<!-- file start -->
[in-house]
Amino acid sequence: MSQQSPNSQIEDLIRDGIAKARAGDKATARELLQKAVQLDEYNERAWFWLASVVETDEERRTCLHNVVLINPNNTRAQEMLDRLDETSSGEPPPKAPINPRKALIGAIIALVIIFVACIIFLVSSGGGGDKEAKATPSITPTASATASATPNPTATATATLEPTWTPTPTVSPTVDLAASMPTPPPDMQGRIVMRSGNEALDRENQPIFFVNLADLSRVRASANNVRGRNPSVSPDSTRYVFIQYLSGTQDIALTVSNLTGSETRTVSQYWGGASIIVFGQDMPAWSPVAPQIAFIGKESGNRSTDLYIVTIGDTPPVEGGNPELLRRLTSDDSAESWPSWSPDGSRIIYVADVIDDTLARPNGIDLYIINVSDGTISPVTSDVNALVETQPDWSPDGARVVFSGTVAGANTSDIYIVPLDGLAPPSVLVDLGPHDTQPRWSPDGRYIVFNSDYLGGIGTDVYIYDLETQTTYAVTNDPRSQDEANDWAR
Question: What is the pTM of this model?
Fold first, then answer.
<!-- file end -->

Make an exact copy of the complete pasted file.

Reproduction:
[in-house]
Amino acid sequence: MSQQSPNSQIEDLIRDGIAKARAGDKATARELLQKAVQLDEYNERAWFWLASVVETDEERRTCLHNVVLINPNNTRAQEMLDRLDETSSGEPPPKAPINPRKALIGAIIALVIIFVACIIFLVSSGGGGDKEAKATPSITPTASATASATPNPTATATATLEPTWTPTPTVSPTVDLAASMPTPPPDMQGRIVMRSGNEALDRENQPIFFVNLADLSRVRASANNVRGRNPSVSPDSTRYVFIQYLSGTQDIALTVSNLTGSETRTVSQYWGGASIIVFGQDMPAWSPVAPQIAFIGKESGNRSTDLYIVTIGDTPPVEGGNPELLRRLTSDDSAESWPSWSPDGSRIIYVADVIDDTLARPNGIDLYIINVSDGTISPVTSDVNALVETQPDWSPDGARVVFSGTVAGANTSDIYIVPLDGLAPPSVLVDLGPHDTQPRWSPDGRYIVFNSDYLGGIGTDVYIYDLETQTTYAVTNDPRSQDEANDWAR
Question: What is the pTM of this model?
Fold first, then answer.